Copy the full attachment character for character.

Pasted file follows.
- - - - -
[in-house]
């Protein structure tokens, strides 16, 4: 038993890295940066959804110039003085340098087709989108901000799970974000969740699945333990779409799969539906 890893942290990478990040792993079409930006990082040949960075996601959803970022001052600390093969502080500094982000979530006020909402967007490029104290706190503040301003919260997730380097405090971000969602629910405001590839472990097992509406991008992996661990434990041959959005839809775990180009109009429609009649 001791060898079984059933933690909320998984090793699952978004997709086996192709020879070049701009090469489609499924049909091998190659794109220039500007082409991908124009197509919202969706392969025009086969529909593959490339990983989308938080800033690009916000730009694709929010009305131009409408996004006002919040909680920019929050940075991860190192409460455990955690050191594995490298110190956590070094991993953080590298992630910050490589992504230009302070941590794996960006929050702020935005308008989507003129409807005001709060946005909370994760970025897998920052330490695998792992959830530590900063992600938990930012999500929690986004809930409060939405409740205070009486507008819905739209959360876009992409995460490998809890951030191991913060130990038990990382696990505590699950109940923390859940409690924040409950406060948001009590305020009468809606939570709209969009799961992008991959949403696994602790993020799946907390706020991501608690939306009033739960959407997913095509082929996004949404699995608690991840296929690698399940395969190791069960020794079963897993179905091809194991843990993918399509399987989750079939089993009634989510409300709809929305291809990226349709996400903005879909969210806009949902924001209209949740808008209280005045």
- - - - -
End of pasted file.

[in-house]
């Protein structure tokens, strides 16, 4: 038993890295940066959804110039003085340098087709989108901000799970974000969740699945333990779409799969539906 890893942290990478990040792993079409930006990082040949960075996601959803970022001052600390093969502080500094982000979530006020909402967007490029104290706190503040301003919260997730380097405090971000969602629910405001590839472990097992509406991008992996661990434990041959959005839809775990180009109009429609009649 001791060898079984059933933690909320998984090793699952978004997709086996192709020879070049701009090469489609499924049909091998190659794109220039500007082409991908124009197509919202969706392969025009086969529909593959490339990983989308938080800033690009916000730009694709929010009305131009409408996004006002919040909680920019929050940075991860190192409460455990955690050191594995490298110190956590070094991993953080590298992630910050490589992504230009302070941590794996960006929050702020935005308008989507003129409807005001709060946005909370994760970025897998920052330490695998792992959830530590900063992600938990930012999500929690986004809930409060939405409740205070009486507008819905739209959360876009992409995460490998809890951030191991913060130990038990990382696990505590699950109940923390859940409690924040409950406060948001009590305020009468809606939570709209969009799961992008991959949403696994602790993020799946907390706020991501608690939306009033739960959407997913095509082929996004949404699995608690991840296929690698399940395969190791069960020794079963897993179905091809194991843990993918399509399987989750079939089993009634989510409300709809929305291809990226349709996400903005879909969210806009949902924001209209949740808008209280005045």